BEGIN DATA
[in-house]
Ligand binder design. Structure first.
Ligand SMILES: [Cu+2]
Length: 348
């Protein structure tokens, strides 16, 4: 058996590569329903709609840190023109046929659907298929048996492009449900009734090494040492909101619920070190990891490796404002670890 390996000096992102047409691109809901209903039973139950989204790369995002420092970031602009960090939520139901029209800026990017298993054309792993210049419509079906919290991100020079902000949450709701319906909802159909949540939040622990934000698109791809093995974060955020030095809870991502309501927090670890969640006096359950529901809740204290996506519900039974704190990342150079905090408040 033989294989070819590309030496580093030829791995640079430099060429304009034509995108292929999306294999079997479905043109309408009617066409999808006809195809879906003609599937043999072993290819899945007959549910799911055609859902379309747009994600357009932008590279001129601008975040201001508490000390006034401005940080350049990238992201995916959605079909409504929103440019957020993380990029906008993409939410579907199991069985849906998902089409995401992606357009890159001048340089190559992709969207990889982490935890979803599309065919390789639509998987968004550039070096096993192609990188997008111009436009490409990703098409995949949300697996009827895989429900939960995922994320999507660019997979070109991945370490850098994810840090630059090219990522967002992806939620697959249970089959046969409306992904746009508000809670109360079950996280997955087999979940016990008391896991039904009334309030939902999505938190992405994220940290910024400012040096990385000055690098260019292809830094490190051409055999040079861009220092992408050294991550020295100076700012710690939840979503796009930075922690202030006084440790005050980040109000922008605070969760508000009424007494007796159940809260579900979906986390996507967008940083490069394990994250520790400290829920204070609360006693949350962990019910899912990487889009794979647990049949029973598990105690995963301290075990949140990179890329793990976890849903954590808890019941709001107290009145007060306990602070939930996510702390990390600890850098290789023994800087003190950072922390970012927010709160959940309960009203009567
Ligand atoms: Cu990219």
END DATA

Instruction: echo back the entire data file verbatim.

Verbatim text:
[in-house]
Ligand binder design. Structure first.
Ligand SMILES: [Cu+2]
Length: 348
């Protein structure tokens, strides 16, 4: 058996590569329903709609840190023109046929659907298929048996492009449900009734090494040492909101619920070190990891490796404002670890 390996000096992102047409691109809901209903039973139950989204790369995002420092970031602009960090939520139901029209800026990017298993054309792993210049419509079906919290991100020079902000949450709701319906909802159909949540939040622990934000698109791809093995974060955020030095809870991502309501927090670890969640006096359950529901809740204290996506519900039974704190990342150079905090408040 033989294989070819590309030496580093030829791995640079430099060429304009034509995108292929999306294999079997479905043109309408009617066409999808006809195809879906003609599937043999072993290819899945007959549910799911055609859902379309747009994600357009932008590279001129601008975040201001508490000390006034401005940080350049990238992201995916959605079909409504929103440019957020993380990029906008993409939410579907199991069985849906998902089409995401992606357009890159001048340089190559992709969207990889982490935890979803599309065919390789639509998987968004550039070096096993192609990188997008111009436009490409990703098409995949949300697996009827895989429900939960995922994320999507660019997979070109991945370490850098994810840090630059090219990522967002992806939620697959249970089959046969409306992904746009508000809670109360079950996280997955087999979940016990008391896991039904009334309030939902999505938190992405994220940290910024400012040096990385000055690098260019292809830094490190051409055999040079861009220092992408050294991550020295100076700012710690939840979503796009930075922690202030006084440790005050980040109000922008605070969760508000009424007494007796159940809260579900979906986390996507967008940083490069394990994250520790400290829920204070609360006693949350962990019910899912990487889009794979647990049949029973598990105690995963301290075990949140990179890329793990976890849903954590808890019941709001107290009145007060306990602070939930996510702390990390600890850098290789023994800087003190950072922390970012927010709160959940309960009203009567
Ligand atoms: Cu990219």